Adolescents under the age of 18 seeking abortions without a parent's consent often undergo a series of humiliating, burdensome and unpredictable hurdles as they try to navigate the legal system, according to a new study led by Kate Coleman-Minahan of the University of Colorado College of Nursing.
As part of the Texas Policy Evaluation Project, Coleman-Minahan, PhD, RN and other researchers investigated the judicial bypass experience by which adolescents seek legal permission to obtain an abortion without parental consent.
The study was published online today in the Journal of Adolescent Health.
Currently, 37 states require parental involvement in obtaining an abortion. This study focused specifically on Texas.
"This is the first study to describe adolescents' experiences with a judicial bypass," said Coleman-Minahan, assistant professor at the CU College of Nursing and lead author of the study. "We found that the bypass process functions as a form of punishment for adolescents."
The researchers conducted interviews with 20 adolescents between the ages of 16-19 about their experiences trying to obtain bypass. Those interviewed were 16-17 years old at the time they went to court. Many had experienced family trauma, adverse childhood experiences including household substance abuse, or a general fear for their own safety if they told their parents about their decision to seek an abortion.
Once they began the bypass process, they were confronted with more obstacles. Just arranging transportation to the courthouse was sometimes difficult. When they got inside, they faced an often unpredictable process. One young woman spoke of being intimidated by the criminal defendants sitting in the room. Judges, on occasion, would ask for a detailed sexual history which she had to explain within earshot of multiple court staff including a court reporter who records the hearing.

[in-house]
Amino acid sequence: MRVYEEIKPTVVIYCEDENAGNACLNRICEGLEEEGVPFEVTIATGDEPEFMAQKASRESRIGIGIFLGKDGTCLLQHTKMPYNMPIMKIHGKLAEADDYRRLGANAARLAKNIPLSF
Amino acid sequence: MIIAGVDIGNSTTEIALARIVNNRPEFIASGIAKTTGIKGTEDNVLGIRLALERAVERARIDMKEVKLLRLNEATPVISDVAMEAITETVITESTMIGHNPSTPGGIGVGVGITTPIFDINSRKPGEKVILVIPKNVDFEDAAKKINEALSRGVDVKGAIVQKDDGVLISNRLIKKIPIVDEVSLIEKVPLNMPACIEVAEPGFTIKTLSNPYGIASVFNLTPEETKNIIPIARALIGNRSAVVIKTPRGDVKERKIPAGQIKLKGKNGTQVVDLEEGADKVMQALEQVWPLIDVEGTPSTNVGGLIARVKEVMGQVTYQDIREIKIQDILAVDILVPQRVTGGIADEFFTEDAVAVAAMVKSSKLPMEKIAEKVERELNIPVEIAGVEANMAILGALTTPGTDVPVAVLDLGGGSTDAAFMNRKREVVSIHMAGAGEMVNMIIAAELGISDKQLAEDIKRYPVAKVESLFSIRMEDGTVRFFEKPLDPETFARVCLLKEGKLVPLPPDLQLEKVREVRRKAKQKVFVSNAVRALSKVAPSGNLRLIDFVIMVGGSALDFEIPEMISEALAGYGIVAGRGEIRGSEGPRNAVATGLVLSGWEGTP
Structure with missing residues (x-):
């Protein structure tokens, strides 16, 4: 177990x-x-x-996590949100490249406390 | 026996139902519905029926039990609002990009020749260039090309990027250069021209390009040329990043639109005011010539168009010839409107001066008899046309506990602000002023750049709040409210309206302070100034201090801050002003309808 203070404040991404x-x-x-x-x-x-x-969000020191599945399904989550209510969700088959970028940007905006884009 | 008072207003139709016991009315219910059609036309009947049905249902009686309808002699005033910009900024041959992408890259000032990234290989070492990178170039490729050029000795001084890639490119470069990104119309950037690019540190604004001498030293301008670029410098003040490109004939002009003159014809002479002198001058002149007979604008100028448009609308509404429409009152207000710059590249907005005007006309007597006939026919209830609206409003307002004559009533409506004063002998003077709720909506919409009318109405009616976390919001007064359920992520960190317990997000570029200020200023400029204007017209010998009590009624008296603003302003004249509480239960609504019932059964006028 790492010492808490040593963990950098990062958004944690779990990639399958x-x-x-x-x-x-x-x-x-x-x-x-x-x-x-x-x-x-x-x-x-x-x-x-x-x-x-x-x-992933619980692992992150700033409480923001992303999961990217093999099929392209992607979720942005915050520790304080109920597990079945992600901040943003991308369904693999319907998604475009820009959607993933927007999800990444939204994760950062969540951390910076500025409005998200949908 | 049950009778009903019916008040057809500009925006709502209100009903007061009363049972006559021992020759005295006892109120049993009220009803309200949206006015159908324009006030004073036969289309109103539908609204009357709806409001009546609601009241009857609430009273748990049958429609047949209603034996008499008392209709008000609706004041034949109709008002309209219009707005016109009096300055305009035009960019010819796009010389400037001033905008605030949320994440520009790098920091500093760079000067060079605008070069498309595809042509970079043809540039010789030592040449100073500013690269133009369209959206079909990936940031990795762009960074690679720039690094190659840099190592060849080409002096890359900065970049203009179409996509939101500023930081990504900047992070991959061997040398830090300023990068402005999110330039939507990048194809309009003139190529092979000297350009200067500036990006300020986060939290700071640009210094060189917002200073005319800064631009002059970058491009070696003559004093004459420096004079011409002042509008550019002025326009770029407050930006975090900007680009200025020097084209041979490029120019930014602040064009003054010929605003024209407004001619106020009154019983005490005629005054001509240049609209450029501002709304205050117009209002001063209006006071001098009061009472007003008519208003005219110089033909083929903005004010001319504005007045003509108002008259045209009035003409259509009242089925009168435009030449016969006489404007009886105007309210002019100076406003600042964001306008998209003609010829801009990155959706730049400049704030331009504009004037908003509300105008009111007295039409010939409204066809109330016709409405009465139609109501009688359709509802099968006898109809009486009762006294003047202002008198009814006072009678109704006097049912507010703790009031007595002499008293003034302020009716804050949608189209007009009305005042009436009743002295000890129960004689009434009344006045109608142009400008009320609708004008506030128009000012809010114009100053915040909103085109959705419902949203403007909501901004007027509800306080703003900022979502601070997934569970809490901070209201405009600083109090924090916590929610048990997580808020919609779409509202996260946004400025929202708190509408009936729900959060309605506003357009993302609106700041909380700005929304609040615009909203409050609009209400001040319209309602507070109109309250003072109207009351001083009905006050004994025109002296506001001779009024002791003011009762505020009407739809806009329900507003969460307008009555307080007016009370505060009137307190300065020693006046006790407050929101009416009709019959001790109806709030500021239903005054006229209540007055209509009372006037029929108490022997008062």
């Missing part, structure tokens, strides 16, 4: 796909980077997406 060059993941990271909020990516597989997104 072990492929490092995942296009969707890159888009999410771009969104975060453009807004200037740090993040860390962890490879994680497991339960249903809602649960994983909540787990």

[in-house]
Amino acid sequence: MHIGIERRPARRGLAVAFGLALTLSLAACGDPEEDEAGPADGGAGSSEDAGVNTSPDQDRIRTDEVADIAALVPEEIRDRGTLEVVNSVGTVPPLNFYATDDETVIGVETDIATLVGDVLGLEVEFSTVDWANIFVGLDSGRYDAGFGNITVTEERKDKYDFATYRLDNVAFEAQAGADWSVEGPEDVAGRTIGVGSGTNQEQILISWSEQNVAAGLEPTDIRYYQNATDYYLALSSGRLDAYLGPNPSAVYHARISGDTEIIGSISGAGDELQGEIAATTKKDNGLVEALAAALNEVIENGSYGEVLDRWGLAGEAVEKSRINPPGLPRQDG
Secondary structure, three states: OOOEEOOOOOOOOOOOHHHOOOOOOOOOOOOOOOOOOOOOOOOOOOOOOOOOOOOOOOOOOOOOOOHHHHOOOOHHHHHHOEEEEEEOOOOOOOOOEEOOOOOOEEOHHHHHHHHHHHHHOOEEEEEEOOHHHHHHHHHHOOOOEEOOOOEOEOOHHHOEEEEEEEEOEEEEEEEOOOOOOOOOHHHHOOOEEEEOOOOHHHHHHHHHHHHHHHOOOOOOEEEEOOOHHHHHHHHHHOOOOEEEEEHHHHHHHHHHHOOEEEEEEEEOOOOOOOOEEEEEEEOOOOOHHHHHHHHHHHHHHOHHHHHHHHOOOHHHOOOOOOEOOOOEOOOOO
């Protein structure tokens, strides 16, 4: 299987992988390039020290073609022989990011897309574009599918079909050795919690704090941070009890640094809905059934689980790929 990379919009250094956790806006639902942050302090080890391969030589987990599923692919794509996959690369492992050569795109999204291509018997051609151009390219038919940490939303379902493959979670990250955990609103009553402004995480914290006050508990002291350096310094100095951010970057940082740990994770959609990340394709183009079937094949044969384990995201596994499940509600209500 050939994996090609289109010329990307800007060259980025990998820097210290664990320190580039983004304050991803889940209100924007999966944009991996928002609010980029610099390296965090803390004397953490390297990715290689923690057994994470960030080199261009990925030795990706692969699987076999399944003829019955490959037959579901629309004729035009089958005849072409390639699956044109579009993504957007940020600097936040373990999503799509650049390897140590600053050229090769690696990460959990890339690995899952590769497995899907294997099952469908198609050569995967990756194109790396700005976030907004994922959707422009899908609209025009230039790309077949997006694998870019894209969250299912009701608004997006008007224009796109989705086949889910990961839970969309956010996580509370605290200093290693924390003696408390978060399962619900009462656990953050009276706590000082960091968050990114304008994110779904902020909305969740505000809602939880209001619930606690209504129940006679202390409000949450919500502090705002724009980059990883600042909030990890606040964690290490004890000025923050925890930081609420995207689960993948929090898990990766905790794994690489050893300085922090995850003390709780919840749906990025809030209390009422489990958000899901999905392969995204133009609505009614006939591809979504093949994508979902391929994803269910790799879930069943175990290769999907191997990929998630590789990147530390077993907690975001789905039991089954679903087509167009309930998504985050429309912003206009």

Each adolescent was issued a court-appointed guardian-ad-litem (GAL), ordered to act in her best interest. In four cases, the GAL appointed by the judge was a pastor or deacon at a church. One respondent recalled her GAL "telling me it's never the right option to have an abortion." This GAL also brought staff from an adoption agency to court with her, breaching the young woman's anonymity and exposing her to more judgment, the study said.
The researchers found that several judges didn't hide their personal disapproval of the adolescent's decision to seek an abortion. Sometimes they denied the bypass request altogether.
"Some judges and GALs based their decision or treatment of adolescents on their own personal opinion of abortion," Coleman-Minahan said. "Multiple participants cried during the interview when describing the hearing, saying they still think about it, even months later."
The process, researchers said, seemed like punishment itself, for having sex, getting pregnant and having wanted an abortion.
"Proponents of parental involvement and bypass laws claim they protect adolescents from alleged negative emotional consequences of abortion, yet our results suggest the bypass process itself causes emotional harm through unpredictability, humiliation and shame," the study said.
According to Coleman-Minahan, the fact that this is happening in Texas means it's probably happening in states with similar laws as well. Colorado requires parental notification and also has an option for a judicial bypass.
She said all of these findings should be weighed when considering forced parental involvement and judicial bypass policies. States, she said, should consider the real-life consequences of policies that are purportedly created to protect adolescents.